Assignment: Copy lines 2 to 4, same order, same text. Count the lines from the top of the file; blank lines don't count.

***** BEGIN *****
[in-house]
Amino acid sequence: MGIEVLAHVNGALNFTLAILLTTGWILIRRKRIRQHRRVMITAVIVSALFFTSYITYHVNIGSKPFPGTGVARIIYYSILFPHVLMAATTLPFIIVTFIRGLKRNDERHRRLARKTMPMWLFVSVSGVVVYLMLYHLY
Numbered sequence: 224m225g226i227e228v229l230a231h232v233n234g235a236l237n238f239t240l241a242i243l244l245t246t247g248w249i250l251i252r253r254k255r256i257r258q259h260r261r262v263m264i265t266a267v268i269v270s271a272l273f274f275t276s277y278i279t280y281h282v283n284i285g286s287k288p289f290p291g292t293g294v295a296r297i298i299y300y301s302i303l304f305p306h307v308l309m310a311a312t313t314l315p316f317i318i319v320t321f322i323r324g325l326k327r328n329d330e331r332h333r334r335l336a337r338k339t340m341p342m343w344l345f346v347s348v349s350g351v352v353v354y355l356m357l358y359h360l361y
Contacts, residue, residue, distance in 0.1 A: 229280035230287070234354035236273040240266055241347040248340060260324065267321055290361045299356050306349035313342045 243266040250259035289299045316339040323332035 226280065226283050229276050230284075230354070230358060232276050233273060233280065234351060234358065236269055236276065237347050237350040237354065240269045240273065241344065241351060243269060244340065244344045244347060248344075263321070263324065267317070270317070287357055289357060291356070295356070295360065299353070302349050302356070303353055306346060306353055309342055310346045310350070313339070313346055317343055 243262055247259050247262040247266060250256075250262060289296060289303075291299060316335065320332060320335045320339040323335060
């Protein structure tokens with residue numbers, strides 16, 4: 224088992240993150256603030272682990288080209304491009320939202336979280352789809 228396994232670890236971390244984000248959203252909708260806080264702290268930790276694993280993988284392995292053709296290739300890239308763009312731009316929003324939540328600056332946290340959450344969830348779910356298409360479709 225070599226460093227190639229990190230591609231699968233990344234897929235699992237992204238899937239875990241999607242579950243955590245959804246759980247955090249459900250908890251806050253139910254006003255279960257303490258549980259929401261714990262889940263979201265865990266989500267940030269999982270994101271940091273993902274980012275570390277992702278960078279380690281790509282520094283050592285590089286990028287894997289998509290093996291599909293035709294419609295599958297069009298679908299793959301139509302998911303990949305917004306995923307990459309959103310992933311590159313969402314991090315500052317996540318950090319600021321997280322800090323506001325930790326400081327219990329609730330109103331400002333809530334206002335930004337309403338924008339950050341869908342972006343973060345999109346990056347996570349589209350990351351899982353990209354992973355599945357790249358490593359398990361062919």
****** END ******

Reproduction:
Amino acid sequence: MGIEVLAHVNGALNFTLAILLTTGWILIRRKRIRQHRRVMITAVIVSALFFTSYITYHVNIGSKPFPGTGVARIIYYSILFPHVLMAATTLPFIIVTFIRGLKRNDERHRRLARKTMPMWLFVSVSGVVVYLMLYHLY
Numbered sequence: 224m225g226i227e228v229l230a231h232v233n234g235a236l237n238f239t240l241a242i243l244l245t246t247g248w249i250l251i252r253r254k255r256i257r258q259h260r261r262v263m264i265t266a267v268i269v270s271a272l273f274f275t276s277y278i279t280y281h282v283n284i285g286s287k288p289f290p291g292t293g294v295a296r297i298i299y300y301s302i303l304f305p306h307v308l309m310a311a312t313t314l315p316f317i318i319v320t321f322i323r324g325l326k327r328n329d330e331r332h333r334r335l336a337r338k339t340m341p342m343w344l345f346v347s348v349s350g351v352v353v354y355l356m357l358y359h360l361y
Contacts, residue, residue, distance in 0.1 A: 229280035230287070234354035236273040240266055241347040248340060260324065267321055290361045299356050306349035313342045 243266040250259035289299045316339040323332035 226280065226283050229276050230284075230354070230358060232276050233273060233280065234351060234358065236269055236276065237347050237350040237354065240269045240273065241344065241351060243269060244340065244344045244347060248344075263321070263324065267317070270317070287357055289357060291356070295356070295360065299353070302349050302356070303353055306346060306353055309342055310346045310350070313339070313346055317343055 243262055247259050247262040247266060250256075250262060289296060289303075291299060316335065320332060320335045320339040323335060